Test Secure Web APIs with Visual Studio Web Tests

Date Published: 24 July 2018

Test Secure Web APIs with Visual Studio Web Tests

A common approach to securing APIs is through the use of bearer tokens, like JWT. If you’re using JWT, you may find this site useful to easily examine JWT token contents. A common scenario when working with APIs secured by bearer tokens is to have to do something like this:

  1. Send credentials to token server to get a token (with some limited lifetime)\
  2. Use the token from step 1 in the header of request to API method

Failure to include a valid token will typically result in a 401 Not Authorized response from the API.

You can test this sort of thing manually using a tool like Postman by simply having two requests configured. You make the request to an endpoint like “/connect/token” to get the JWT token. Then you copy that token from the response of that request and paste it into your API request’s header as an Authorization Bearer token:

postman-bearer

This is great, but if we’re trying to write web tests, and more importantly, load tests, for our API, how do we perform this dance there?

The first step is to create an extraction rule that will pull the token from the first request. You can read this post by Eric Fleming to see how to use an extraction rule to extract a token from a request, with some sample code you can grab if you need it. His example shows how to use the extraction rule in the UI, but if you have a coded web test (as most of mine are), you would use the rule like so:

var jsonExtractRule = new JsonExtractionRule();
jsonExtractRule.Token = "access_token";
jsonExtractRule.ContextParameterName = "token";

request0.ExtractValues += new EventHandler<ExtractionEventArgs>(jsonExtractRule.Extract);
yield return request0;
request0 = null;
_token = new AuthToken(this.Context["token"].ToString());

Side Note: If your Visual Studio web tests fail with weird security errors, you might try adding this to your coded web tests:

ServicePointManager.SecurityProtocol |= SecurityProtocolType.Tls12;
ServicePointManager.SecurityProtocol |= SecurityProtocolType.Ssl3;

The web tests don’t automatically use more recent secure protocols, so you have to specify them using this code.

Back to the API testing topic… we now have a token. In the code above I assigned it to a local variable, _token, in my coded web test (wrapped in my custom AuthToken class – see below). You don’t have to do this, since you can just use the Context collection directly, but I didn’t want to have to make the token request *every time* I make the API call. In real applications, it’s likely that clients will make a request for a token, that token will last for some period of time, and the client will reuse that token many times before requesting a new one. To model this in my tests, I assign the token result to a static property on my test, wrapped in a type that includes the actual token string and when it was procured:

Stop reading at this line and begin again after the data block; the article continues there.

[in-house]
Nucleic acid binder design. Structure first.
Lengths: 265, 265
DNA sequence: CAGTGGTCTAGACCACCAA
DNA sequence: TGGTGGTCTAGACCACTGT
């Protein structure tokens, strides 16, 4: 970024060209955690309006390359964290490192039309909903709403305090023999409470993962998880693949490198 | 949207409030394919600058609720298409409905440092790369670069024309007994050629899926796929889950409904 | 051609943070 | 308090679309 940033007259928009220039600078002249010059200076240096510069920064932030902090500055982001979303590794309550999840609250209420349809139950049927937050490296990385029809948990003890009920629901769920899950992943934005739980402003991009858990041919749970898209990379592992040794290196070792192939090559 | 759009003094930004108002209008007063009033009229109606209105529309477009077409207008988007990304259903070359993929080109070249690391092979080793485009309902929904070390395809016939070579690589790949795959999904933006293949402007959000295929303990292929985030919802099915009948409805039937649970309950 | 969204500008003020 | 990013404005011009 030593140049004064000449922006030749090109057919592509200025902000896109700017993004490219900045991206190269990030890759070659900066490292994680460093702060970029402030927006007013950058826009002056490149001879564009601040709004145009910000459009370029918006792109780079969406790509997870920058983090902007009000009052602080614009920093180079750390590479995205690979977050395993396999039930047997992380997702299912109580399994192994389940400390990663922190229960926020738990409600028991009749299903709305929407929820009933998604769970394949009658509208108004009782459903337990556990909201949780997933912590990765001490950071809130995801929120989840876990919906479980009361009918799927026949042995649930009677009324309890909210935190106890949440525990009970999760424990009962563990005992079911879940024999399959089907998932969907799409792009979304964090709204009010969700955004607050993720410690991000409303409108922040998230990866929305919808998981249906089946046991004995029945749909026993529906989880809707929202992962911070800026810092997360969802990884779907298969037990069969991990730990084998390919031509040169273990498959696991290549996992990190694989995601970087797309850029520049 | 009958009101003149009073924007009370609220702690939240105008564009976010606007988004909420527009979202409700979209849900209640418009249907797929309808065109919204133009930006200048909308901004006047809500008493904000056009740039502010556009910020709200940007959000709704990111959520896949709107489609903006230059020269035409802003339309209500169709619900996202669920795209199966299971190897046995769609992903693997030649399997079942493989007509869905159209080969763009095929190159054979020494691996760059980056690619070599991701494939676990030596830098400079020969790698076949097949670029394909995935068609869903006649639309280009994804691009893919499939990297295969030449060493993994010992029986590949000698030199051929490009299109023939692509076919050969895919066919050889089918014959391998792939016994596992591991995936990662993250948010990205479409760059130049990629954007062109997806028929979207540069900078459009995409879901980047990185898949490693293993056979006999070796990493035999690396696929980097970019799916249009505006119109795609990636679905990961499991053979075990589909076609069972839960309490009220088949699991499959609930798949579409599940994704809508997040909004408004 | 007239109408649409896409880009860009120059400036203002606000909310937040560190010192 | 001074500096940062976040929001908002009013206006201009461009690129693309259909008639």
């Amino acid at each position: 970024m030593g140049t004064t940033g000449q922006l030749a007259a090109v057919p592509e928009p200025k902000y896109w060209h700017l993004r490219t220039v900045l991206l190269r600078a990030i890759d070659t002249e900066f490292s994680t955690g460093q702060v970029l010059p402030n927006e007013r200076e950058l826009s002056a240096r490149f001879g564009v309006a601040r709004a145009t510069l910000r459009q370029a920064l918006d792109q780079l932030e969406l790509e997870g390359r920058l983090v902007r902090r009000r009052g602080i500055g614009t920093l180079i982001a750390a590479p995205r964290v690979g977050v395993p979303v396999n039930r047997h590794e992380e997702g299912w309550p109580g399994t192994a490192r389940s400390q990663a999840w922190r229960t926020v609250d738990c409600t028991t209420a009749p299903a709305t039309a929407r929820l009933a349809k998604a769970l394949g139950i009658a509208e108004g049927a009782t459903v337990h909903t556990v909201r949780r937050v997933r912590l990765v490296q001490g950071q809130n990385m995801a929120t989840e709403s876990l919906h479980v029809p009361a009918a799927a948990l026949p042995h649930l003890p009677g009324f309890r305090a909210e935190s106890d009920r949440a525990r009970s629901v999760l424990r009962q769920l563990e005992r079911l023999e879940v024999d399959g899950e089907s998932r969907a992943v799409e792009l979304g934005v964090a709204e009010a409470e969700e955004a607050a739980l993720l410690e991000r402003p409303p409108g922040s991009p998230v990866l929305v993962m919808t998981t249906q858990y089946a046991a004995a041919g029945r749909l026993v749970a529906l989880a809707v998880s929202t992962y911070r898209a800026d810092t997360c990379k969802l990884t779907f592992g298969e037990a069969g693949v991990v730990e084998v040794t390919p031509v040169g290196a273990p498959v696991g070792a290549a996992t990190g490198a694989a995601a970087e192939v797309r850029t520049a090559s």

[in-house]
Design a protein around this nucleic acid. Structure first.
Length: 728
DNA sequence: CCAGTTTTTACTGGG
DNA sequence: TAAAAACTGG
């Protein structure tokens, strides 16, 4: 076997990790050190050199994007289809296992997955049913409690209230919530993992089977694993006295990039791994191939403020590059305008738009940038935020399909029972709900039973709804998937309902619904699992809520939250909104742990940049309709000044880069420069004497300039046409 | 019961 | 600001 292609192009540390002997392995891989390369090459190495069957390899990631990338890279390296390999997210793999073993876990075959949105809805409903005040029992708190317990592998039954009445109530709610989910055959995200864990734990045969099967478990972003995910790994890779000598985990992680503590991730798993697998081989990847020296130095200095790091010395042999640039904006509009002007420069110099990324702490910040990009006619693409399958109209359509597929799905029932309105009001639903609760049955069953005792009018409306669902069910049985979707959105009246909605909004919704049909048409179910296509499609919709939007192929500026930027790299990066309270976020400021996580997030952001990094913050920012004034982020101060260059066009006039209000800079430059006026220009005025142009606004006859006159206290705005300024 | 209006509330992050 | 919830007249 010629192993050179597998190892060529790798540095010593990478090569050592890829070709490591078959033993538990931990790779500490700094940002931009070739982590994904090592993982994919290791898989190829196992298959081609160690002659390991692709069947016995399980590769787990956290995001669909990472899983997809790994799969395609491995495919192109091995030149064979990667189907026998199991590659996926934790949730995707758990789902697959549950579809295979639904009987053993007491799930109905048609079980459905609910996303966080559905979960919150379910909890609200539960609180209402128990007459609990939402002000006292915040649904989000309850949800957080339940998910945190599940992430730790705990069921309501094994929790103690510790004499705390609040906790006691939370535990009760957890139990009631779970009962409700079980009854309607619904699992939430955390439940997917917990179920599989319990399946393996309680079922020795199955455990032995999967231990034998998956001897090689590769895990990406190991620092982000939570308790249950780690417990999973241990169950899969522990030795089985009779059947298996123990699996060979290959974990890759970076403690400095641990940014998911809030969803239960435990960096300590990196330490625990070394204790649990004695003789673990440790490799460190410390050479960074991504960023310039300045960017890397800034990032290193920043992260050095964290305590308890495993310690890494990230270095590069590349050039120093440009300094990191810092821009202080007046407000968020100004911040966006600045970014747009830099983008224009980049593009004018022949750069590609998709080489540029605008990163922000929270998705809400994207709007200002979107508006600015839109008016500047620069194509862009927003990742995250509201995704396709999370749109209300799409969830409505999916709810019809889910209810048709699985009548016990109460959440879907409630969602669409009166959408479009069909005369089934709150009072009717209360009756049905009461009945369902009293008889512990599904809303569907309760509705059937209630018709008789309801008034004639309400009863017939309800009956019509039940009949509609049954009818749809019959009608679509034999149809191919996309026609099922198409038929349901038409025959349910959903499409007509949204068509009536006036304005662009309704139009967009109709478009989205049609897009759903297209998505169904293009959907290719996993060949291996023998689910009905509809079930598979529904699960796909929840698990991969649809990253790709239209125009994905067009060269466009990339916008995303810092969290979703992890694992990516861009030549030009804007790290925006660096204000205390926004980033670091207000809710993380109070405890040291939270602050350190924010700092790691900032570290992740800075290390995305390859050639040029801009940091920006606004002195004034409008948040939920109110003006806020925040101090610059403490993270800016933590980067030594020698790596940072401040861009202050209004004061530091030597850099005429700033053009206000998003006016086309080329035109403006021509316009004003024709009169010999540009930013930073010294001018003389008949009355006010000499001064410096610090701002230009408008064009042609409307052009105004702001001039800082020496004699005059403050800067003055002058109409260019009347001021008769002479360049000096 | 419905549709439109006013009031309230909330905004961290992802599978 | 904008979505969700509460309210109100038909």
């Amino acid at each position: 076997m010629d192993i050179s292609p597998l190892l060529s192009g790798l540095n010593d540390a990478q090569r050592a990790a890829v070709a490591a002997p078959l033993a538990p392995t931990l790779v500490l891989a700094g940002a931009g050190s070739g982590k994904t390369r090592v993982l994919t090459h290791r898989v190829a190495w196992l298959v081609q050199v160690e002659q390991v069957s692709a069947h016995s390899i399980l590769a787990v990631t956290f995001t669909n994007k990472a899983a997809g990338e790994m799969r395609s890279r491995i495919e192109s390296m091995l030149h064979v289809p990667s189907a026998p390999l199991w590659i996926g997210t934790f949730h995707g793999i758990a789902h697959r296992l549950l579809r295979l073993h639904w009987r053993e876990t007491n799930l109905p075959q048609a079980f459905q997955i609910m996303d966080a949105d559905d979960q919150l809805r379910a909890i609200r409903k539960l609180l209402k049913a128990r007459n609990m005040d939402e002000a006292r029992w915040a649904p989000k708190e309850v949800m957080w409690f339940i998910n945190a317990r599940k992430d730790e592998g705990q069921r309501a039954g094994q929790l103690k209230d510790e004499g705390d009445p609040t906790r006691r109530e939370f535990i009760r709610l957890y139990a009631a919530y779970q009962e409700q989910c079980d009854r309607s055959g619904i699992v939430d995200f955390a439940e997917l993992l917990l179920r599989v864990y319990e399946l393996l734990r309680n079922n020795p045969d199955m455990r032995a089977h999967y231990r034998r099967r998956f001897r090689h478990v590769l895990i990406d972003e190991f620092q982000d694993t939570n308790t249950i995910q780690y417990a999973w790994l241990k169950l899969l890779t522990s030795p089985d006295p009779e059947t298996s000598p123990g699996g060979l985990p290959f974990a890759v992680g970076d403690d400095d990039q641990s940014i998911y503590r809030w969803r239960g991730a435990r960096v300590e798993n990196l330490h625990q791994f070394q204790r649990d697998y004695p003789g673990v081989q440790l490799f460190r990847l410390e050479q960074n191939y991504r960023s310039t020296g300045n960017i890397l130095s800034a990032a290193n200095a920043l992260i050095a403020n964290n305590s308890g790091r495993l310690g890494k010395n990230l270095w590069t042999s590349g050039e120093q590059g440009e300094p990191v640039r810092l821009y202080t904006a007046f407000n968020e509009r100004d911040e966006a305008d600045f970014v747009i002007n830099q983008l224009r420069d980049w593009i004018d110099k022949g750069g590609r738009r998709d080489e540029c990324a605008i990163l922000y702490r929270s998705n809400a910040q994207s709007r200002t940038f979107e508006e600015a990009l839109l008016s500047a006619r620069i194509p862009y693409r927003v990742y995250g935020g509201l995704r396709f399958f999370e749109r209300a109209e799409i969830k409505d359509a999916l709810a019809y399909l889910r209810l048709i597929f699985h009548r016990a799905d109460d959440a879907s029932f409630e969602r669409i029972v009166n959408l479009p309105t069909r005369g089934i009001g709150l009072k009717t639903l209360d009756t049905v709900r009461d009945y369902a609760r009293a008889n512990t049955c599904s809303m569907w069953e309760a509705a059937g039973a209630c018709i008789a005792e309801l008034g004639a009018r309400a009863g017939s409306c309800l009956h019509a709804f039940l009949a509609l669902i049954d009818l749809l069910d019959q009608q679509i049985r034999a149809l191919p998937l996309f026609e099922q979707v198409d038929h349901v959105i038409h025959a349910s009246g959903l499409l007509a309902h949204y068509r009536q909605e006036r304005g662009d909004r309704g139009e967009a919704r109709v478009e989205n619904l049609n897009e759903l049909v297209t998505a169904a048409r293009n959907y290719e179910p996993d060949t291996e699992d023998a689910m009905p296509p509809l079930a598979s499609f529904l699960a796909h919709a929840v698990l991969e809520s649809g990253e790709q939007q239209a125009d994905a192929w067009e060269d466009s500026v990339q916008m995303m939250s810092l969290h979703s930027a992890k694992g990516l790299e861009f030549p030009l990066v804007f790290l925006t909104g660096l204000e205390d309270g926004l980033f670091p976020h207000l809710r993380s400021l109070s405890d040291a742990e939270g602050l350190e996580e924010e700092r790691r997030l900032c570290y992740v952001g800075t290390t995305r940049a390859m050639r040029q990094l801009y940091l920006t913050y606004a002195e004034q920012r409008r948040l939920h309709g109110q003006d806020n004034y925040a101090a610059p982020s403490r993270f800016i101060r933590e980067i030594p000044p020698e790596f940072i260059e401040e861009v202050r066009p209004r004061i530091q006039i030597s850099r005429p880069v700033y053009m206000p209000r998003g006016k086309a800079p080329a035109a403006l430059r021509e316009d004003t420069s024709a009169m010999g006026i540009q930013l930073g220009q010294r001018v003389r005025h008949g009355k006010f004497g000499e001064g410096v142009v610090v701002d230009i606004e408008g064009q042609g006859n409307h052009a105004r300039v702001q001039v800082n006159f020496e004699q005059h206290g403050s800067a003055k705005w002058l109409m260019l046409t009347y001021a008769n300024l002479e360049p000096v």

public class AuthToken
{
    public AuthToken(string tokenValue)
    {
        TokenValue = tokenValue;
    }
    public string TokenValue { get; }
    public DateTime DateCreated { get; } = DateTime.Now;
}

Now in my coded web test, instead of making a request to get the token every run through the test, I only do so when the token is either null (the first time the test is run) or a certain amount of time has passed (10 minutes in this case – only matters for longer running load tests):

// get a new token every 10 minutes, not every request
if (_token == null || _token.DateCreated.AddMinutes(10) < DateTime.Now)
{
    WebTestRequest request0 = new WebTestRequest($"https://{subDomain}{mainDomain}/connect/token");
    request0.Method = "POST";
    request0.Headers.Add(new WebTestRequestHeader("Authorization", "Basic CREDS_GO_HERE"));

    var jsonExtractRule = new JsonExtractionRule();
    jsonExtractRule.Token = "access_token";
    jsonExtractRule.ContextParameterName = "token";

    request0.ExtractValues += new EventHandler<ExtractionEventArgs>(jsonExtractRule.Extract);
    yield return request0;
    request0 = null;
    _token = new AuthToken(this.Context["token"].ToString());
}

With this in place, I can run tests for one or more API endpoints that require tokens, but only intermittently make requests for new tokens. Obviously you can tweak this to suit your own application’s expected behavior.

By the way, if you’re interested in learning more aboutWeb Application Performance and Scalability Testing, check out my Pluralsight course on this subject. It’s a bit old but it’s mostly conceptual and the concepts don’t change.

Steve Smith

About Ardalis

Software Engineer

Steve is an experienced software architect and trainer, focusing currently on ASP.NET Core and Domain-Driven Design.

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